“Dropping down through a hole in the prayer room, you end up in what looks like a church complex. You hear the ambient Gregorian music blaring in the background, filling your soul with a sense of unease. You then notice the medieval-style stone walls around you and the stained glass windows decorating them, and yet you notice something off about the nature of the architecture. The layout does not look like anything you’ve ever seen in a church before. However, you’re here now, and you have no way to go back. You have no choice but to explore the prayer halls and find another exit.”
This level is the second level that opens up after getting through the first section of Rusty Nails, and it is accessed by dropping down a hole found in a corrupted room in the Doctor’s House. This level is fairly interesting in that it took the medieval architectural elements seen in The Halls Below from Unloved and extended it, giving it a much more pervasively religious touch. It is also likely that the author also drew inspiration from Hexen (A dark medieval-fantasy game on the Doom engine) for this level, given the introduction of the Dark Friars and the Acolyte enemies in this level. This lends a general feeling of being dropped in the middle of an unholy sanctuary where dark religious practices can take place without moral scrutiny. The Dark Friars are a nice addition to the fights, by the way, due to how easily they can cause infighting with their projectiles, which could be more of a boon if the monster closet design of the encounters in this level had any teeth.
The more astute of gamers are going to notice the odd architecture and layout structure and how it does not actually match the layout of any known churches. Some may say that it could be because of the general otherworldly nature of the mod that it is supposed to look weird, but a more interesting context to frame this would be if the level is actually an insane asylum disguising itself as a dark chapel. This context is substantiated with the inclusion of narrow corridors connecting the two main areas available for the first section of the level. These corridors very much resemble that of a mental institute, giving a sharp contrast to the dark spiritual atmosphere of the rest of the levels.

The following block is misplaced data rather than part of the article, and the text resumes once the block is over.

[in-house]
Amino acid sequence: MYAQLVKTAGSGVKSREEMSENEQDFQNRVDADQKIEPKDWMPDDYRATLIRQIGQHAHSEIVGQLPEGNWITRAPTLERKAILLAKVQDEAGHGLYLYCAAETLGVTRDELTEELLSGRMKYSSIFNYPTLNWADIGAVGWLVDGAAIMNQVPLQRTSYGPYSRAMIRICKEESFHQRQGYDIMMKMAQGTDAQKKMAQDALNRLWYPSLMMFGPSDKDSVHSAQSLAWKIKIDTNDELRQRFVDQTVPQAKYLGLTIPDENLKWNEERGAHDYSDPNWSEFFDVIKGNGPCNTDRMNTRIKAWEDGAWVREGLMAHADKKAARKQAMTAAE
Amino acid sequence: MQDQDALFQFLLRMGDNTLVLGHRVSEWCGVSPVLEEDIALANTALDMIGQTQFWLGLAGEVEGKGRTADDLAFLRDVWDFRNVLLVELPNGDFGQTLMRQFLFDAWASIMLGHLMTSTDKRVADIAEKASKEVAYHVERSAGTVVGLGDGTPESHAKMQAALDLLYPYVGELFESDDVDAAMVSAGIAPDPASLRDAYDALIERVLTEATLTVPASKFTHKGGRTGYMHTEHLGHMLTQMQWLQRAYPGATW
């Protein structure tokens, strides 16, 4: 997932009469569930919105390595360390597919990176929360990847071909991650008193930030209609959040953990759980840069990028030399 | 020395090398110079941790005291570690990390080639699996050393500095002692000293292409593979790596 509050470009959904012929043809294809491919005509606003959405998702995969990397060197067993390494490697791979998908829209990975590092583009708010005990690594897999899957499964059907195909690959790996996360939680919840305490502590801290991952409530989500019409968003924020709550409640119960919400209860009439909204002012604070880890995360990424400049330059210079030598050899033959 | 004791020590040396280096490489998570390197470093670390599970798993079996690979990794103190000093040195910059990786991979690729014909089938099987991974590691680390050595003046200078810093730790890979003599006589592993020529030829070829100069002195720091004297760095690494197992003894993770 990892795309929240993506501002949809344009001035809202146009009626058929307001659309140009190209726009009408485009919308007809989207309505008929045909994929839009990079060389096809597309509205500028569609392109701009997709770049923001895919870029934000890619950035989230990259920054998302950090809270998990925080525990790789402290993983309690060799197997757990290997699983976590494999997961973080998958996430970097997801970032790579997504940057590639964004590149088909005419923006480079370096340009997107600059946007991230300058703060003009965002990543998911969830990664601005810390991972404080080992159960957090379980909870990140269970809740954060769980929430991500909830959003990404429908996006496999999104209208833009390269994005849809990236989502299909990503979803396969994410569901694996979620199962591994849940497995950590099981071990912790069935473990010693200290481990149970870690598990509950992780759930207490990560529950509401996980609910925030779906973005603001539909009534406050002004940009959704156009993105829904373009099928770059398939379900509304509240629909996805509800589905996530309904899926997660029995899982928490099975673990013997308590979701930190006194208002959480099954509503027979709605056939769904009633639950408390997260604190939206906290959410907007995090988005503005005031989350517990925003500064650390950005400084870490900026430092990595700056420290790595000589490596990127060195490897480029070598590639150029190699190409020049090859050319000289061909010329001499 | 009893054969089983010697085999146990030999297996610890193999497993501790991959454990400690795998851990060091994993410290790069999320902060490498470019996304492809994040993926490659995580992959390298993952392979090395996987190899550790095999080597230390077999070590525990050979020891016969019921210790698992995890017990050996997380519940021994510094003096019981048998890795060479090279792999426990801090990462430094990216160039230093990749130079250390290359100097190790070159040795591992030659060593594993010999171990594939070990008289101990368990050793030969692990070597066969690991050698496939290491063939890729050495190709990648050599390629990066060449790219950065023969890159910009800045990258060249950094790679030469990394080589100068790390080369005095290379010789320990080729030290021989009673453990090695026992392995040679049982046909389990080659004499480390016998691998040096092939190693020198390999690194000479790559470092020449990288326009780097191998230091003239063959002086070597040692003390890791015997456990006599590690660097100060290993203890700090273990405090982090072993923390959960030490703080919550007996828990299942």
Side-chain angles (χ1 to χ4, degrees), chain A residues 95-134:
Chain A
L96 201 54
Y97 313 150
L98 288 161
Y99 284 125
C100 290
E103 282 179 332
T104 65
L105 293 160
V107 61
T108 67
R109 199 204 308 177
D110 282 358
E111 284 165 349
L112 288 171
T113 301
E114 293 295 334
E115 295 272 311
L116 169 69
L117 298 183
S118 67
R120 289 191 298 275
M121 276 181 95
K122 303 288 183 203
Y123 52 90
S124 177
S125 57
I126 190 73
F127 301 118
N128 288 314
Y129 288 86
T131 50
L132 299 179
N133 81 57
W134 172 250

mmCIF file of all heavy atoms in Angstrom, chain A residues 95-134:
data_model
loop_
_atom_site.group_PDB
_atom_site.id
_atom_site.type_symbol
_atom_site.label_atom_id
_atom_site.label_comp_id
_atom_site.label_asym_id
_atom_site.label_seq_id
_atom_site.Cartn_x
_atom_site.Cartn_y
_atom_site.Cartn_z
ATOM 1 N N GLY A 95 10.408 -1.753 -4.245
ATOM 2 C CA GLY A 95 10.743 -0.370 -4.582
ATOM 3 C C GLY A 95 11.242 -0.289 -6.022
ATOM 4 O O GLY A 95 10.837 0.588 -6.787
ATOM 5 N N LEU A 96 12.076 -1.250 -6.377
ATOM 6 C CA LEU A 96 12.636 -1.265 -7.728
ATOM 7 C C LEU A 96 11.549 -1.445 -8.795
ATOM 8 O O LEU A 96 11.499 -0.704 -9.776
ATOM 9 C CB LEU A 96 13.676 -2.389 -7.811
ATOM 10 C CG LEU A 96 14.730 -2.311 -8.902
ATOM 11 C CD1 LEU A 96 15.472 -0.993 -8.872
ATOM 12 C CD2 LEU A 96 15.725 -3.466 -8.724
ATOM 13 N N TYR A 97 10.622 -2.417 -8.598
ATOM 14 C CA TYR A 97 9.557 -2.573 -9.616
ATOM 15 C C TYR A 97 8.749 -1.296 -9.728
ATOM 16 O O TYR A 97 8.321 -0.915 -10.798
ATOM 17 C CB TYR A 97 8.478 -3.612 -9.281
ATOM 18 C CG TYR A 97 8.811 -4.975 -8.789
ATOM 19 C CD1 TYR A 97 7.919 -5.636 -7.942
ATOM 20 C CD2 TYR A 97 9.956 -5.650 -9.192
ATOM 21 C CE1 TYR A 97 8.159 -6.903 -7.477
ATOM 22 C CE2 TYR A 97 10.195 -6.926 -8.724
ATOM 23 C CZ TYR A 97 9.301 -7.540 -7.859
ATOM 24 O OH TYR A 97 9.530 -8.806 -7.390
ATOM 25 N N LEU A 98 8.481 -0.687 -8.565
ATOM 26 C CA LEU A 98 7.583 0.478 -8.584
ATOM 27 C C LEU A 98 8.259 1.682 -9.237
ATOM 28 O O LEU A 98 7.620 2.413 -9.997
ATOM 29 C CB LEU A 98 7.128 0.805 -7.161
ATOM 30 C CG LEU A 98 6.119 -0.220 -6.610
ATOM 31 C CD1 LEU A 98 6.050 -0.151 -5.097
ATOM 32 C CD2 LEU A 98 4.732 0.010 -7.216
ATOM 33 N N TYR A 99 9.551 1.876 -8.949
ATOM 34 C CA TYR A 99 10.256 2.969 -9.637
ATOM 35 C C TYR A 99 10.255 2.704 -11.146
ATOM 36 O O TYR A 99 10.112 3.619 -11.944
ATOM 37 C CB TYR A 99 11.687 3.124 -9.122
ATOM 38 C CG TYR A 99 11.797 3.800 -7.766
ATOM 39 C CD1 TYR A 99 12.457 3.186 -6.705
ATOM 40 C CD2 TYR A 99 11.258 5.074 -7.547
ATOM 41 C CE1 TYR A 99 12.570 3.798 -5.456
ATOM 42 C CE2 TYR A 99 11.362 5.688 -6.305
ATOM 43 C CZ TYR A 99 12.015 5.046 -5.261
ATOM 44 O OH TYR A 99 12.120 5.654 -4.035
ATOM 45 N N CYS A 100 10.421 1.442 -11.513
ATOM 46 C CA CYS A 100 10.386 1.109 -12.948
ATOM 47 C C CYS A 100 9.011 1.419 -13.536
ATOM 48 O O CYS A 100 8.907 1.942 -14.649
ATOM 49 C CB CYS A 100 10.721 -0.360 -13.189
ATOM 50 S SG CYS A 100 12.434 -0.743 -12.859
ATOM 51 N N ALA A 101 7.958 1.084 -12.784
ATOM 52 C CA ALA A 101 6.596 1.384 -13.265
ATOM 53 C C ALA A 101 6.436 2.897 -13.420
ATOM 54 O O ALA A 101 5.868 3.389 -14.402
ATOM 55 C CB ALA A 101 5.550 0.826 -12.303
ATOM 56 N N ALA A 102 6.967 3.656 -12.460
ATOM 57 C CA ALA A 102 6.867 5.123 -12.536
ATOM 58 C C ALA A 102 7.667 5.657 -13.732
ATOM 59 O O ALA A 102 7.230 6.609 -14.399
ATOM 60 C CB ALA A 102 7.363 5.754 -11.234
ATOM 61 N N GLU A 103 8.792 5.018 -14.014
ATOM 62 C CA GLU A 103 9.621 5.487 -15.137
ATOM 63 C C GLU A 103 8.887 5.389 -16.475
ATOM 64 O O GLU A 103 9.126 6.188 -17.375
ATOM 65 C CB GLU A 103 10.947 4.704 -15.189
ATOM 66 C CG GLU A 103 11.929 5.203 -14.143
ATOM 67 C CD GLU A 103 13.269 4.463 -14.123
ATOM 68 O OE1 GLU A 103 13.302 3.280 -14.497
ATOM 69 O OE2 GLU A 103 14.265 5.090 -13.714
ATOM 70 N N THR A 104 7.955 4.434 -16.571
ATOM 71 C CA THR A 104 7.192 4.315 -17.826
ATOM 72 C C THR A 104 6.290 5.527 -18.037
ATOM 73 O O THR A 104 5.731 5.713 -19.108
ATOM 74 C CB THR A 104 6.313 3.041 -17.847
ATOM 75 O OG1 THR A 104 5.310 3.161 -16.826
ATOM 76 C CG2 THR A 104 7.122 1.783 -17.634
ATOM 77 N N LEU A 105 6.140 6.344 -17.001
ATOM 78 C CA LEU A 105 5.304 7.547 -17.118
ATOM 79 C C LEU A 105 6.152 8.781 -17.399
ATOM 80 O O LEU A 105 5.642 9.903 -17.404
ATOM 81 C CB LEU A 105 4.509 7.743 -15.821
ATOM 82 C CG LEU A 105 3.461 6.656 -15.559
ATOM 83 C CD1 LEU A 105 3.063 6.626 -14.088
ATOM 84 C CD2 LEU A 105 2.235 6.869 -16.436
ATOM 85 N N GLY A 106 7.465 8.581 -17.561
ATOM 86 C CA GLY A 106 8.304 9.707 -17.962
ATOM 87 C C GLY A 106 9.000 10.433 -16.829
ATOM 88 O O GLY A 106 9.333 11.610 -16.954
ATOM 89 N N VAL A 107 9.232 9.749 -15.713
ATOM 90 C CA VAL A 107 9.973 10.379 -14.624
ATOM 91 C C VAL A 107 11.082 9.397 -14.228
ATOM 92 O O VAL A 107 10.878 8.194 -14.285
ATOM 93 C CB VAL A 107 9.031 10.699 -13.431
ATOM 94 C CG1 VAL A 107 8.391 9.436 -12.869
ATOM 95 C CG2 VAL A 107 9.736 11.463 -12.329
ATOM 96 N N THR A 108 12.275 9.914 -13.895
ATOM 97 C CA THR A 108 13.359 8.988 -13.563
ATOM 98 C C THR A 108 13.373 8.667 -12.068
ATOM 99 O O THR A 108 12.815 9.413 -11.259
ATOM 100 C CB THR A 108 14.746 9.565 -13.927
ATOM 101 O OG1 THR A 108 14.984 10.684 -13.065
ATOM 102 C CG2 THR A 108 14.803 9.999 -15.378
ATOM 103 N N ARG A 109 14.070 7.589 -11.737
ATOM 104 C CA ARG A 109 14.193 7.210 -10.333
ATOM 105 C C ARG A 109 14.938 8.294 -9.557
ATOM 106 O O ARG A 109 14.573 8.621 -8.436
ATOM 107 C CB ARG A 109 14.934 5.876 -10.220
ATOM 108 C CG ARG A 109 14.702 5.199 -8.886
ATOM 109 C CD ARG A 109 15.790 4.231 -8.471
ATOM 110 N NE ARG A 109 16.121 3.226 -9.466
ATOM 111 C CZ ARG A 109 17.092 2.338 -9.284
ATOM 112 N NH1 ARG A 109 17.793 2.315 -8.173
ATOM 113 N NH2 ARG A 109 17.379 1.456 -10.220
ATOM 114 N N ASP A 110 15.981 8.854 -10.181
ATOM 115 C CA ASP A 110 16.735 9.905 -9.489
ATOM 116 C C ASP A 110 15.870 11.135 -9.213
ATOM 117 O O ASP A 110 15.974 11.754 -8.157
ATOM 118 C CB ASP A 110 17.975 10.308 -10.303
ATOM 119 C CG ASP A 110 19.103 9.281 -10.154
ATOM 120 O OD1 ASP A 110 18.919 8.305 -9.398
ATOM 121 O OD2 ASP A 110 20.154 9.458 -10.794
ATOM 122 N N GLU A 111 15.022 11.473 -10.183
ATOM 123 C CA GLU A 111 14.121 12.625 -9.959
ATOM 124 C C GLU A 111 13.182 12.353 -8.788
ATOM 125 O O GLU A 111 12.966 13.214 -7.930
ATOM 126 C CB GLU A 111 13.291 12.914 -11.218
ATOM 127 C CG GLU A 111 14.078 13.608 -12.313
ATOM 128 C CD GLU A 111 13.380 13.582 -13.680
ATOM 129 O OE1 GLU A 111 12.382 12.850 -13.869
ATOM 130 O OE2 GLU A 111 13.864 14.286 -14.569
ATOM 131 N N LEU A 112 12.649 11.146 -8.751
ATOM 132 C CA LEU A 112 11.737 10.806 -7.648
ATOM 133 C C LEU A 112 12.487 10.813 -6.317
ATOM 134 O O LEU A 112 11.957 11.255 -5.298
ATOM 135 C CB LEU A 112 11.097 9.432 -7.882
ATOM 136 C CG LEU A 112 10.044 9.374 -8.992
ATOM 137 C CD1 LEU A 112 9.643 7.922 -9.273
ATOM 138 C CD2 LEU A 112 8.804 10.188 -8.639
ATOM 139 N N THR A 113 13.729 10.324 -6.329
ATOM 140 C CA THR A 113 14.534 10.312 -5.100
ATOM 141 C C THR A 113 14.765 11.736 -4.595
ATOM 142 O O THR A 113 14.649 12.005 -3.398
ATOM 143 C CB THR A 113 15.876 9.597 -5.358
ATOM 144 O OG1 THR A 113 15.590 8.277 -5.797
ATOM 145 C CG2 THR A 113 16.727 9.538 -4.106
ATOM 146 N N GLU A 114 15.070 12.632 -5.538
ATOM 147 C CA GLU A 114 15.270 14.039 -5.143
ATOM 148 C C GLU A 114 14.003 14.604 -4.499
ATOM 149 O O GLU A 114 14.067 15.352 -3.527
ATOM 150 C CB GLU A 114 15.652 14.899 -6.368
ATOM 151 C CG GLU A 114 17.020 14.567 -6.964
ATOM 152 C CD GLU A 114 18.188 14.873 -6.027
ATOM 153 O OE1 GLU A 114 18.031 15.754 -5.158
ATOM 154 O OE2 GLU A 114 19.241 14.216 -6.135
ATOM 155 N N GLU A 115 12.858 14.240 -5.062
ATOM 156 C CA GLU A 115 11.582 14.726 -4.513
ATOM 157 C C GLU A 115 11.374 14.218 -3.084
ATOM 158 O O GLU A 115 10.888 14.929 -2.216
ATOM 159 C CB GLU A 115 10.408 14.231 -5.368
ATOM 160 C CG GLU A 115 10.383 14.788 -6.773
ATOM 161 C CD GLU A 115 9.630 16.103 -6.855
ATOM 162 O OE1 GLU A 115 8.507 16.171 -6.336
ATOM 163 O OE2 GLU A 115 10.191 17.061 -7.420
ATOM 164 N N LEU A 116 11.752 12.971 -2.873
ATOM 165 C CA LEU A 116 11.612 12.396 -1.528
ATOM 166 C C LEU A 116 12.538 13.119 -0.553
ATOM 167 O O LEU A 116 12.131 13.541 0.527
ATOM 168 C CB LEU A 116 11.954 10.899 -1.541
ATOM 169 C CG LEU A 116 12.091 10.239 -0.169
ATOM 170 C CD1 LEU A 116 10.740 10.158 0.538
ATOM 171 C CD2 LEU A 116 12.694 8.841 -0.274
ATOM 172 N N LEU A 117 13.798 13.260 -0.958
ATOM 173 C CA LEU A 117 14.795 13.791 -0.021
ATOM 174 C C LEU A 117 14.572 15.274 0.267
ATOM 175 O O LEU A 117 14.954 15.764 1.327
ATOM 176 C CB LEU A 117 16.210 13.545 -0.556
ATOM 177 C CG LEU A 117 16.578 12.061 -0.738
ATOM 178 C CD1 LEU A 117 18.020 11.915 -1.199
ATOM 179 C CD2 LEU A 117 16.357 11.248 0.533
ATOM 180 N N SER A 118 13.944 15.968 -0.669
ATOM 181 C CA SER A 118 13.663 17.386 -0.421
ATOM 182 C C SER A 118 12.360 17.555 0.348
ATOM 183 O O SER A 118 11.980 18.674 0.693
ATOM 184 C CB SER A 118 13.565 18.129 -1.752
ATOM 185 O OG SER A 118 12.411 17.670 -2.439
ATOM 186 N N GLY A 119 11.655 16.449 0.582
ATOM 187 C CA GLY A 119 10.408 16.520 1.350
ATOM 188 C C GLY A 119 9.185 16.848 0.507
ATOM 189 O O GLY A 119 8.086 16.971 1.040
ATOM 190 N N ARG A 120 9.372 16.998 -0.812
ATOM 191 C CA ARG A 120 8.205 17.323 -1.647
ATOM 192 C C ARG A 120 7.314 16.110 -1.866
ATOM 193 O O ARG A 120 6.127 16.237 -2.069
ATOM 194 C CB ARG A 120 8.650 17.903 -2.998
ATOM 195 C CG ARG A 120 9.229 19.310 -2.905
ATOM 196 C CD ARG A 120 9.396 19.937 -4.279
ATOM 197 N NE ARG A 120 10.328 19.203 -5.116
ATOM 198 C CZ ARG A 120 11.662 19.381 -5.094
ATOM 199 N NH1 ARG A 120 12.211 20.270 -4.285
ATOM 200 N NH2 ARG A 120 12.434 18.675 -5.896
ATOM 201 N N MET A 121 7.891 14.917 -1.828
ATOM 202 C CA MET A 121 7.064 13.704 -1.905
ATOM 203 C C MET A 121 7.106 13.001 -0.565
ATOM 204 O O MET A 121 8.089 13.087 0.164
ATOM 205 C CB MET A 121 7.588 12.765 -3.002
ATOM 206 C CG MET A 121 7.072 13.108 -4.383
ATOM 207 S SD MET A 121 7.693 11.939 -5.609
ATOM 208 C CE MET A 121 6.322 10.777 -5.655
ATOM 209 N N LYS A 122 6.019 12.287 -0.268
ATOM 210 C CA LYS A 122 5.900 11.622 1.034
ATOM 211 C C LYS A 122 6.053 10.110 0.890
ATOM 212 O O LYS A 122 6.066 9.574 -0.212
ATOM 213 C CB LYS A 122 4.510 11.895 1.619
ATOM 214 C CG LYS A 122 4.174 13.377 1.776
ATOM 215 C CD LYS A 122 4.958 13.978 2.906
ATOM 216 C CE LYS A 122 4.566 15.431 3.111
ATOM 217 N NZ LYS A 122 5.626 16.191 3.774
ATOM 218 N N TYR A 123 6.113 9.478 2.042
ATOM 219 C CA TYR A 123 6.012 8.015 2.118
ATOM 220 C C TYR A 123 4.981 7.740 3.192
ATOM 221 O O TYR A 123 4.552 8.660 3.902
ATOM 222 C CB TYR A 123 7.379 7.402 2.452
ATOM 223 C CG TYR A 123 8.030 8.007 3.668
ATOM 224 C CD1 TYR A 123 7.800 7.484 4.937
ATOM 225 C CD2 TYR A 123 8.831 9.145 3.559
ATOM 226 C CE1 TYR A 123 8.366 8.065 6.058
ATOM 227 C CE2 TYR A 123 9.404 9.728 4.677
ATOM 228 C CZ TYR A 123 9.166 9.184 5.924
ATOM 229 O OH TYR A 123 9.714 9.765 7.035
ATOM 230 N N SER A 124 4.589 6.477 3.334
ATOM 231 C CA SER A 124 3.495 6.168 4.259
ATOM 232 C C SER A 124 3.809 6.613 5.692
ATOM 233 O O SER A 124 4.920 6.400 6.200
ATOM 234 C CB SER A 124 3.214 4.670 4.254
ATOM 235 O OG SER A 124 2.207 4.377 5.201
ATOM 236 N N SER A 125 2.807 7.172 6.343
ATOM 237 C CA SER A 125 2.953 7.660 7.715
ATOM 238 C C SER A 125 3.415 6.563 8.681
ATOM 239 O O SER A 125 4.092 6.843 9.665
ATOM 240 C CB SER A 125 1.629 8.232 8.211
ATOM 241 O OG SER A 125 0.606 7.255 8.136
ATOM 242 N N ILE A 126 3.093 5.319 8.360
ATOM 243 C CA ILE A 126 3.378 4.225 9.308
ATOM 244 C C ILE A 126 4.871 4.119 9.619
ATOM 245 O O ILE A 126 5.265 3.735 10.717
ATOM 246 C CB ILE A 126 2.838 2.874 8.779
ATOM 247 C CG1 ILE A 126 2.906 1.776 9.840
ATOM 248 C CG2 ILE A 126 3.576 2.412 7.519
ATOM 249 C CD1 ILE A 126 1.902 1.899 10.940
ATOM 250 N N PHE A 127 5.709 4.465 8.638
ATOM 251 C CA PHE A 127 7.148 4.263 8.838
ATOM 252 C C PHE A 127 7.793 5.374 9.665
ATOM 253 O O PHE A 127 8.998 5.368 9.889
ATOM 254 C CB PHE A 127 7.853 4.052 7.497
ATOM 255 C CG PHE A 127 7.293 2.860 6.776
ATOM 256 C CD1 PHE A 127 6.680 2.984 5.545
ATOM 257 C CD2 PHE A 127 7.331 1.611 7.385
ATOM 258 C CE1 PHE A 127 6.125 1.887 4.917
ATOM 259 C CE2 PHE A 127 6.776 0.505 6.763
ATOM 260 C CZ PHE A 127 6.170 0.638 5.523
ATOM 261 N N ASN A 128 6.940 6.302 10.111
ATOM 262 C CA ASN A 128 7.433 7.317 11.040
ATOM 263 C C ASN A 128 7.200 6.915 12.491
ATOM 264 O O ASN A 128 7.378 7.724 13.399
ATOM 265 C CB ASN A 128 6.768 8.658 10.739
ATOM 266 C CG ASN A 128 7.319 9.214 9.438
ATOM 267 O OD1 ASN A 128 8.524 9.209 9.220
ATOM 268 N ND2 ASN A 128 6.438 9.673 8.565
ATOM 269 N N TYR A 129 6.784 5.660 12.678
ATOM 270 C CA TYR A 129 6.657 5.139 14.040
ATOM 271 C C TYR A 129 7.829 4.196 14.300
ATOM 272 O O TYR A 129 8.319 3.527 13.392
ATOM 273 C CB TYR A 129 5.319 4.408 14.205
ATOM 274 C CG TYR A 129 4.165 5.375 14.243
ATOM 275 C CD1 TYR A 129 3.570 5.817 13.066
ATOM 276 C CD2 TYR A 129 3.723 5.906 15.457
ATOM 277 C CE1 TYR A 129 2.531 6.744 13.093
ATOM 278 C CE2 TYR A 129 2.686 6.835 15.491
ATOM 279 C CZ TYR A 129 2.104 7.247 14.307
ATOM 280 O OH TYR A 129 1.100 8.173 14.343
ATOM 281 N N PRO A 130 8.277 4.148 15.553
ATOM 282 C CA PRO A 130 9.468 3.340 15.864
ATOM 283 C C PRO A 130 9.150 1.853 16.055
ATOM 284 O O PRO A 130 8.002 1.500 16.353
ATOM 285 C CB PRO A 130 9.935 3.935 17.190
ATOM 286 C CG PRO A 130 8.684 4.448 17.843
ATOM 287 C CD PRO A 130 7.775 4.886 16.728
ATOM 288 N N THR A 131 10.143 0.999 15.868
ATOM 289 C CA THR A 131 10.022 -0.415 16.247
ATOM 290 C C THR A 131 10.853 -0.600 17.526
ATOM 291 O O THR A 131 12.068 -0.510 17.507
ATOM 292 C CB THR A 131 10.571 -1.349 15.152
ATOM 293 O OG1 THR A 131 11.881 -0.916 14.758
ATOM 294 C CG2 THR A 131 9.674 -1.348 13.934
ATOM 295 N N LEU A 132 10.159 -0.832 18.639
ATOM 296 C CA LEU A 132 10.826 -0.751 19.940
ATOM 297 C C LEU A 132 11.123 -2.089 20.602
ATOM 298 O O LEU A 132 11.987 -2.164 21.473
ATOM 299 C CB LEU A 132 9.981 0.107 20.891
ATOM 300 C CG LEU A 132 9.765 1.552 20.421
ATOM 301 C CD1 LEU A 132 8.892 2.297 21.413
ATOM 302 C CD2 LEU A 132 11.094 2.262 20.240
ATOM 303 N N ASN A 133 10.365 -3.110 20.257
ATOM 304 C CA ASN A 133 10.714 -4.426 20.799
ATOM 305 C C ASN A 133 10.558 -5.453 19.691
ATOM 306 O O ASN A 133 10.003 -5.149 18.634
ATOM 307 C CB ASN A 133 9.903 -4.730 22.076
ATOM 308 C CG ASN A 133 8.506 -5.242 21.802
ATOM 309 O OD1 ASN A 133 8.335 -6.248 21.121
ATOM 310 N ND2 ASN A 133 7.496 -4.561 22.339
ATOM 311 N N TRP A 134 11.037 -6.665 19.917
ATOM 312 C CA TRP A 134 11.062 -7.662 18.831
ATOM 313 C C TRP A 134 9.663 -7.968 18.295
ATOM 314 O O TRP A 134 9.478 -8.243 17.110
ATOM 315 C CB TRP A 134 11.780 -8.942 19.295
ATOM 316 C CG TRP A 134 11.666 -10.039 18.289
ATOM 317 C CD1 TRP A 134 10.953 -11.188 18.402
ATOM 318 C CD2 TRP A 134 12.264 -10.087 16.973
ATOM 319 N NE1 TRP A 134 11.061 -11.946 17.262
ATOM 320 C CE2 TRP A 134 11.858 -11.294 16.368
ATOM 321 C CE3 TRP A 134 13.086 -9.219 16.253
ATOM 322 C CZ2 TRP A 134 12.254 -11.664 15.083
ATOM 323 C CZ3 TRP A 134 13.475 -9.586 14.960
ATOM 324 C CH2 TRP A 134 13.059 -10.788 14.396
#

To be perfectly honest, this level is the weakest that this mod has to offer, offering few things interesting, deadly or even varied to push the experience above competent or decent. Which is a shame, because the premise of an insane asylum disguising itself as a religious institute is really interesting. This premise could have lead to so many potential traps and symbolic imagery, both in terms of level design and gameplay, that seeing something this incomplete in terms of execution just feels like a huge squandering of a vast potential. On the other hand though, there really isn’t anything bad or egregious with this level. Despite the apparent redundancy of the encounters, the fights are choreographed well enough that they never really got boring. The aesthetics and atmosphere of the level is done well enough to keep me fooled about the level’s true nature until I stopped to really think about it’s design.